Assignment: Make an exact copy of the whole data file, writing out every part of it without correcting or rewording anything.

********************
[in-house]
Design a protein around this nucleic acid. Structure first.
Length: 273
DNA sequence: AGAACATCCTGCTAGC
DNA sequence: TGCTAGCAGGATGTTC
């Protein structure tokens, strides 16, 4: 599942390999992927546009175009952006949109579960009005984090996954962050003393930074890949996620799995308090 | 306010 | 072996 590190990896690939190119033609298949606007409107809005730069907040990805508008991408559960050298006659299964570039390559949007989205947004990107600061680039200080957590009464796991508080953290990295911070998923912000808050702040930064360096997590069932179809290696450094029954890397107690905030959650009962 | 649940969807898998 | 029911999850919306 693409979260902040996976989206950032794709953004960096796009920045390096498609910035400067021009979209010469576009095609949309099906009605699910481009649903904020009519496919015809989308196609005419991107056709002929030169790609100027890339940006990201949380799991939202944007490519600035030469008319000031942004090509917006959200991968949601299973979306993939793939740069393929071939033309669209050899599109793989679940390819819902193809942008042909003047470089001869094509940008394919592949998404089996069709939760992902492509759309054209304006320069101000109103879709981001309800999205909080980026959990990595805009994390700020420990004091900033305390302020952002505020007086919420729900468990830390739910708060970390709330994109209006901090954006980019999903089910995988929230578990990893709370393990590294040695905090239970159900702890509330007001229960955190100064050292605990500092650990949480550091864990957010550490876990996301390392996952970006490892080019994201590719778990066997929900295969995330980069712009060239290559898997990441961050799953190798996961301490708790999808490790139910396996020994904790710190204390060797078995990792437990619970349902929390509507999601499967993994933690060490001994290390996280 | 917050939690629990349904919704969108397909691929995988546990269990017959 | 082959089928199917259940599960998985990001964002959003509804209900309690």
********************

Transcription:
[in-house]
Design a protein around this nucleic acid. Structure first.
Length: 273
DNA sequence: AGAACATCCTGCTAGC
DNA sequence: TGCTAGCAGGATGTTC
């Protein structure tokens, strides 16, 4: 599942390999992927546009175009952006949109579960009005984090996954962050003393930074890949996620799995308090 | 306010 | 072996 590190990896690939190119033609298949606007409107809005730069907040990805508008991408559960050298006659299964570039390559949007989205947004990107600061680039200080957590009464796991508080953290990295911070998923912000808050702040930064360096997590069932179809290696450094029954890397107690905030959650009962 | 649940969807898998 | 029911999850919306 693409979260902040996976989206950032794709953004960096796009920045390096498609910035400067021009979209010469576009095609949309099906009605699910481009649903904020009519496919015809989308196609005419991107056709002929030169790609100027890339940006990201949380799991939202944007490519600035030469008319000031942004090509917006959200991968949601299973979306993939793939740069393929071939033309669209050899599109793989679940390819819902193809942008042909003047470089001869094509940008394919592949998404089996069709939760992902492509759309054209304006320069101000109103879709981001309800999205909080980026959990990595805009994390700020420990004091900033305390302020952002505020007086919420729900468990830390739910708060970390709330994109209006901090954006980019999903089910995988929230578990990893709370393990590294040695905090239970159900702890509330007001229960955190100064050292605990500092650990949480550091864990957010550490876990996301390392996952970006490892080019994201590719778990066997929900295969995330980069712009060239290559898997990441961050799953190798996961301490708790999808490790139910396996020994904790710190204390060797078995990792437990619970349902929390509507999601499967993994933690060490001994290390996280 | 917050939690629990349904919704969108397909691929995988546990269990017959 | 082959089928199917259940599960998985990001964002959003509804209900309690």